Pompano reared to market size in RAS

Charles R. Weirich, Ph.D. Paul S. Wills, Ph.D. Richard M. Baptiste Peter N. Woodward

Low-salinity culture successful

USDA-ARS and HBOI-FAU researchers raised pompano to market size in five months with high survival.

Florida pompano (Trachinotus carolinus) are found in coastal waters of the Atlantic Ocean from Massachusetts, USA, to Brazil and throughout the Gulf of Mexico, where this high-value species is prized by both recreational and commercial fishermen. Due to pompano’s superior market value, interest in its culture developed in the United States during the 1960s and 1970s. 

Research conducted during this time period focused largely on developing production methods using ponds, in-pond cages, and flow-through tanks. Common results for these studies included poor growth and feed conversion of fish greater than 200 g, usually coupled with poor survival, resulting in the inability to produce market-size fish of greater than 450 grams.

However, in a preliminary study conducted at Louisiana State University by the lead author using small-scale recirculating aqua-culture systems (RAS) maintained at a salinity of 23 to 28 ppt, it was demonstrated that juvenile pompano can be reared at relatively low densities from an initial weight of 17 grams to over 450 grams in four to five months and 700 grams in eight to nine months, with 95 percent survival.

Florida study

The ability to rear fish at relatively high densities is of importance to commercial aquaculture operations, especially those employing RAS. Although both positive and negative relationships between stocking density and various fish production indices have been documented, the latter is usually the case, as shown by the results of density studies conducted on a variety of marine finfish species.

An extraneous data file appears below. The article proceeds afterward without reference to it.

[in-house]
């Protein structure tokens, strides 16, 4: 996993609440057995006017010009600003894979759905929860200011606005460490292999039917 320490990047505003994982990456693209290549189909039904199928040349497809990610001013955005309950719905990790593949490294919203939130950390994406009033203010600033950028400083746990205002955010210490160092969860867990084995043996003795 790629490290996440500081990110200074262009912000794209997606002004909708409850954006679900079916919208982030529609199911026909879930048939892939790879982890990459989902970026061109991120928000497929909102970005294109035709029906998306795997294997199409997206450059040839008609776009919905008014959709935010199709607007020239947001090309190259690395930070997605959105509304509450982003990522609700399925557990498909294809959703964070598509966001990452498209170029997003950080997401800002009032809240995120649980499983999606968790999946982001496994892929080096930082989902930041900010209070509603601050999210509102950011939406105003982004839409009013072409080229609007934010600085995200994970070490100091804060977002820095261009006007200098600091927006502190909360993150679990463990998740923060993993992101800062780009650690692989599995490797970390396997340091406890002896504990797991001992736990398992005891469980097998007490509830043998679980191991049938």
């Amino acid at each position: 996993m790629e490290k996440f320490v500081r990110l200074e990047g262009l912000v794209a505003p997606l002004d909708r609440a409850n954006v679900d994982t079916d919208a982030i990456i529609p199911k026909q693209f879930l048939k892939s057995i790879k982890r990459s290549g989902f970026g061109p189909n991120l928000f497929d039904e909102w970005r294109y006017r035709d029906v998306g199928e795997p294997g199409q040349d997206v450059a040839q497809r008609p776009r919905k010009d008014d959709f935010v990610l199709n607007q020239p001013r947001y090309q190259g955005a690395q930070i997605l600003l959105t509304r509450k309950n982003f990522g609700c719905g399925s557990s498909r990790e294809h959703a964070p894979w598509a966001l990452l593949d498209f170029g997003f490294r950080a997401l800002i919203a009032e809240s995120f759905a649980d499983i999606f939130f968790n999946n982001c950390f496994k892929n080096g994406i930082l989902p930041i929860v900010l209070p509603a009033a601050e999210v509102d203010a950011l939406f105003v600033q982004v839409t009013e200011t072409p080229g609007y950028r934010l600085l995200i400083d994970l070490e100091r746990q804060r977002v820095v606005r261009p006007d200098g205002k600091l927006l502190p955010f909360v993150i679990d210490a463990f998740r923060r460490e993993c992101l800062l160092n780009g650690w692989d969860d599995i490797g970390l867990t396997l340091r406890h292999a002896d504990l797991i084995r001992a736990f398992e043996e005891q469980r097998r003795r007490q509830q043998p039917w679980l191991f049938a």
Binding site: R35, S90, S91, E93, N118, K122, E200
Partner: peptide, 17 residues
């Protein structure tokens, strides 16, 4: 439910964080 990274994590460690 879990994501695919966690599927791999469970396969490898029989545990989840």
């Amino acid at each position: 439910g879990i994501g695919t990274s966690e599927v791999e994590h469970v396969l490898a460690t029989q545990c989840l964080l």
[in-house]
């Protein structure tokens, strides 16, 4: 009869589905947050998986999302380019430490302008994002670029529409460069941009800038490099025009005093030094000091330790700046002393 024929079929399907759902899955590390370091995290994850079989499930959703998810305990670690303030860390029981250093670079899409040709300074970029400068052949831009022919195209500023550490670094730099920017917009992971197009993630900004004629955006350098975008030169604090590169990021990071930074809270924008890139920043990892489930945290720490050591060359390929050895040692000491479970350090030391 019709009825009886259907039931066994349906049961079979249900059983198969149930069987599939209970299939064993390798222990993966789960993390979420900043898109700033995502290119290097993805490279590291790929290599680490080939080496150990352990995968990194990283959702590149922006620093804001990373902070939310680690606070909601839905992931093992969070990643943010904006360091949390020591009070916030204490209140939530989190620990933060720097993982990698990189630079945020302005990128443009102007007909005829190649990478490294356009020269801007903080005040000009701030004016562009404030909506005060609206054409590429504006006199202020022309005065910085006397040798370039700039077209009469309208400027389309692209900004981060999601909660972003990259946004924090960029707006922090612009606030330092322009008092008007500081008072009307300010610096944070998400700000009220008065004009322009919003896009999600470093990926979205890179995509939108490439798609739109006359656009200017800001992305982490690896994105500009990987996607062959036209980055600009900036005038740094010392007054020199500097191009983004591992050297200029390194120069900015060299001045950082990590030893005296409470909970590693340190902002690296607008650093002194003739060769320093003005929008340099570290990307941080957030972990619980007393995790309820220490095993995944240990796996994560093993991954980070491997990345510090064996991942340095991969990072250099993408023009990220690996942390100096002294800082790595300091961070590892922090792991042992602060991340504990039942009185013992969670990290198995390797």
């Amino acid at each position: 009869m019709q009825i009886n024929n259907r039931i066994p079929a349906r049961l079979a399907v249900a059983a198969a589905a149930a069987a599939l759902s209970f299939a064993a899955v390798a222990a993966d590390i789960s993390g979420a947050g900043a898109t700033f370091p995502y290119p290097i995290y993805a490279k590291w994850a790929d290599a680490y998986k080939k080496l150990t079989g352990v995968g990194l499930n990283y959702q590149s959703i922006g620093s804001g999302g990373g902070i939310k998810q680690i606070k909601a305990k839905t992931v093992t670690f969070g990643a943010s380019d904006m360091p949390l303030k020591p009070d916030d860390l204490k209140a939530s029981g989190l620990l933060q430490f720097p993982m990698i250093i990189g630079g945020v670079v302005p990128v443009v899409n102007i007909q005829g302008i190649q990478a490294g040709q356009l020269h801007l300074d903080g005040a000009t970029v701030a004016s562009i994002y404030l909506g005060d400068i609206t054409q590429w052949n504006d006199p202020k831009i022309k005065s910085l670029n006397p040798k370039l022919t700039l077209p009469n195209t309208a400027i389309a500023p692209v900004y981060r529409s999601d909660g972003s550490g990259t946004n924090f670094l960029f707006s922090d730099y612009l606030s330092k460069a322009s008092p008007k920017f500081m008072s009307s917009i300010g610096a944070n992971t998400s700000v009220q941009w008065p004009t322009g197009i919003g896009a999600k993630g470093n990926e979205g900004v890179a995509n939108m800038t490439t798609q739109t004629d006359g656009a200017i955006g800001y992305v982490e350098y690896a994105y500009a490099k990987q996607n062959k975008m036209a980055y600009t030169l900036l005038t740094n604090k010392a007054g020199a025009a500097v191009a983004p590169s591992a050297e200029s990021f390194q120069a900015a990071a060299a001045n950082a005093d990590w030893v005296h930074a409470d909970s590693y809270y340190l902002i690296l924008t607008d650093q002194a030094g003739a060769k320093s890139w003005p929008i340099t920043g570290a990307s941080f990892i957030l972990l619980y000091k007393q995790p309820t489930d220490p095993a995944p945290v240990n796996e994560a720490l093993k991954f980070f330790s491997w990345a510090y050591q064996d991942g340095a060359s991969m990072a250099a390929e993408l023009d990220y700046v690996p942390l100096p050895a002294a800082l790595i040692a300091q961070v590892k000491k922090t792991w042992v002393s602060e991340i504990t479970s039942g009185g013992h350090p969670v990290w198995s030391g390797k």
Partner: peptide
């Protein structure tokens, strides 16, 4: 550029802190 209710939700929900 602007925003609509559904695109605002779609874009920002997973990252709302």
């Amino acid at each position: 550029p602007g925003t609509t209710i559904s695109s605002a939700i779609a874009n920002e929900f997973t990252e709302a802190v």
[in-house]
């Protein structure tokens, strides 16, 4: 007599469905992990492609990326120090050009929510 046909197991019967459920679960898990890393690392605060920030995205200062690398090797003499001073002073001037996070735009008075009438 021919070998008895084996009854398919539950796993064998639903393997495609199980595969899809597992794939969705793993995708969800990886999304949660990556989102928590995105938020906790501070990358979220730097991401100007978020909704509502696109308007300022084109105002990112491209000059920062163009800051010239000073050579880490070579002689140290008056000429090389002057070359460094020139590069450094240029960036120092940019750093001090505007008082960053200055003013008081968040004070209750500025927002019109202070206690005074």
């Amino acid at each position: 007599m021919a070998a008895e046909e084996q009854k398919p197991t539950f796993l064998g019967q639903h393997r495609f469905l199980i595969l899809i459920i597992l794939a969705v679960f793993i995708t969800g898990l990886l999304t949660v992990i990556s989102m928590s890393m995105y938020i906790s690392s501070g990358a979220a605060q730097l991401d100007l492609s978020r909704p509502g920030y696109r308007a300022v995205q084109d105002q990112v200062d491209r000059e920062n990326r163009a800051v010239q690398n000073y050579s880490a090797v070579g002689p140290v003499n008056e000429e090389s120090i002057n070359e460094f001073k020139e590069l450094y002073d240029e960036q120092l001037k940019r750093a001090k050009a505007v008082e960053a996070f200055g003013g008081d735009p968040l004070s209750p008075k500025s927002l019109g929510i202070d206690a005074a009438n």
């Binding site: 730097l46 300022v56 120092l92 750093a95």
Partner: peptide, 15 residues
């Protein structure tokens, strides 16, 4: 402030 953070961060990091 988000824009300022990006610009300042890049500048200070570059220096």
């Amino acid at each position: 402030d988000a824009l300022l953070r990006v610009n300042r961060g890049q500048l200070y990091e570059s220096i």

The authors recently carried out a study to compare production characteristics and body composition of juvenile pompano reared to market size in commercial-scale RAS at moderate and high culture densities. Because results of limited research coupled with anecdotal observations at the research facility suggested that pompano can grow at reduced environmental salinities, fish were reared at a nominal salinity of 5 ppt.

The fillet yield of cultured pompano is near 40 percent.

Experimental setup

Studies were conducted in four, 45-cubic-meter replicate recirculating systems at the United States Department of Agriculture Agricultural Research Service’s Sustainable Tank Aquaculture Recirculating Research Facility on the campus of Harbor Branch Oceanographic Institution at Florida Atlantic University. 

To initiate a 110-day rearing trial, juvenile pompano reared from eggs produced on site were stocked in two tanks of each of the four RAS at an initial nominal density of 6.5 (low density) or 13.0 kg per cubic meter (high density) – equivalent to 200 or 400 fish/tank, respectively. The mean weight of the fish at stocking was 259.0 ± 3.0 grams. 

At initiation of the trial, 15 fish were collected and stored at minus-20 degrees-C for subsequent analysis of whole body composition. After stocking, fish were fed a commercial 50 percent-protein, 14 percent-lipid 4.7-mm floating pelleted diet at a targeted daily feed rate of 3 percent body weight. Water temperature ranged 27.0 to 28.5 degrees-C. 

Standard procedures were used for determining the proximate components of the fish and the diet fed during the rearing trial. Energy retention, protein efficiency ratio and protein productive value were also determined.